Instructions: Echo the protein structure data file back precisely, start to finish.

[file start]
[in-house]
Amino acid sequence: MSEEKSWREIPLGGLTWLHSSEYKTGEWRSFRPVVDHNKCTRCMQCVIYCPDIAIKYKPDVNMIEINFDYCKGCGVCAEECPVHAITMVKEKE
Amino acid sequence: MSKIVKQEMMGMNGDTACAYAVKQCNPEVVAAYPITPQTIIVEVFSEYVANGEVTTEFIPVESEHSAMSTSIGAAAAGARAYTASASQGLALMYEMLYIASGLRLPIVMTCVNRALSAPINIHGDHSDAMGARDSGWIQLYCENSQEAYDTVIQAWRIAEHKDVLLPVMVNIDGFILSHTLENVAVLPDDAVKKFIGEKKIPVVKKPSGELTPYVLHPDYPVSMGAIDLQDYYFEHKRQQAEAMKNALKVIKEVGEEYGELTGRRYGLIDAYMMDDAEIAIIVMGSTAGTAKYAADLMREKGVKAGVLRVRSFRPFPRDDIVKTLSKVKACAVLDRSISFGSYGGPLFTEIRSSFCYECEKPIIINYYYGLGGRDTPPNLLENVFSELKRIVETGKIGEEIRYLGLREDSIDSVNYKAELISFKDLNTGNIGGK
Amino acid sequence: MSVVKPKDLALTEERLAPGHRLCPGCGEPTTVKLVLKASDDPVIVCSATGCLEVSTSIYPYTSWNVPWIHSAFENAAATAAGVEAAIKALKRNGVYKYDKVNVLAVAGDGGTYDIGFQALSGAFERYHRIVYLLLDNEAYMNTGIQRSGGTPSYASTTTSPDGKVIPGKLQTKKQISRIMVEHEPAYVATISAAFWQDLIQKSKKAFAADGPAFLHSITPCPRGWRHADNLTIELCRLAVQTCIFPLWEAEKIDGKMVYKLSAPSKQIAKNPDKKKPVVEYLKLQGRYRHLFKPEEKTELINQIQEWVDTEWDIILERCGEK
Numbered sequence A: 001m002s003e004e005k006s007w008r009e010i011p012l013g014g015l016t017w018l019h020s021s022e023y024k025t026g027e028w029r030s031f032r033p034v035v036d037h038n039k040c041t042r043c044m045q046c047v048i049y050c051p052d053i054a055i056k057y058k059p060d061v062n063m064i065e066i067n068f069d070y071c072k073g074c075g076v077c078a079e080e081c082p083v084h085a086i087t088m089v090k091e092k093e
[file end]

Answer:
[in-house]
Amino acid sequence: MSEEKSWREIPLGGLTWLHSSEYKTGEWRSFRPVVDHNKCTRCMQCVIYCPDIAIKYKPDVNMIEINFDYCKGCGVCAEECPVHAITMVKEKE
Amino acid sequence: MSKIVKQEMMGMNGDTACAYAVKQCNPEVVAAYPITPQTIIVEVFSEYVANGEVTTEFIPVESEHSAMSTSIGAAAAGARAYTASASQGLALMYEMLYIASGLRLPIVMTCVNRALSAPINIHGDHSDAMGARDSGWIQLYCENSQEAYDTVIQAWRIAEHKDVLLPVMVNIDGFILSHTLENVAVLPDDAVKKFIGEKKIPVVKKPSGELTPYVLHPDYPVSMGAIDLQDYYFEHKRQQAEAMKNALKVIKEVGEEYGELTGRRYGLIDAYMMDDAEIAIIVMGSTAGTAKYAADLMREKGVKAGVLRVRSFRPFPRDDIVKTLSKVKACAVLDRSISFGSYGGPLFTEIRSSFCYECEKPIIINYYYGLGGRDTPPNLLENVFSELKRIVETGKIGEEIRYLGLREDSIDSVNYKAELISFKDLNTGNIGGK
Amino acid sequence: MSVVKPKDLALTEERLAPGHRLCPGCGEPTTVKLVLKASDDPVIVCSATGCLEVSTSIYPYTSWNVPWIHSAFENAAATAAGVEAAIKALKRNGVYKYDKVNVLAVAGDGGTYDIGFQALSGAFERYHRIVYLLLDNEAYMNTGIQRSGGTPSYASTTTSPDGKVIPGKLQTKKQISRIMVEHEPAYVATISAAFWQDLIQKSKKAFAADGPAFLHSITPCPRGWRHADNLTIELCRLAVQTCIFPLWEAEKIDGKMVYKLSAPSKQIAKNPDKKKPVVEYLKLQGRYRHLFKPEEKTELINQIQEWVDTEWDIILERCGEK
Numbered sequence A: 001m002s003e004e005k006s007w008r009e010i011p012l013g014g015l016t017w018l019h020s021s022e023y024k025t026g027e028w029r030s031f032r033p034v035v036d037h038n039k040c041t042r043c044m045q046c047v048i049y050c051p052d053i054a055i056k057y058k059p060d061v062n063m064i065e066i067n068f069d070y071c072k073g074c075g076v077c078a079e080e081c082p083v084h085a086i087t088m089v090k091e092k093e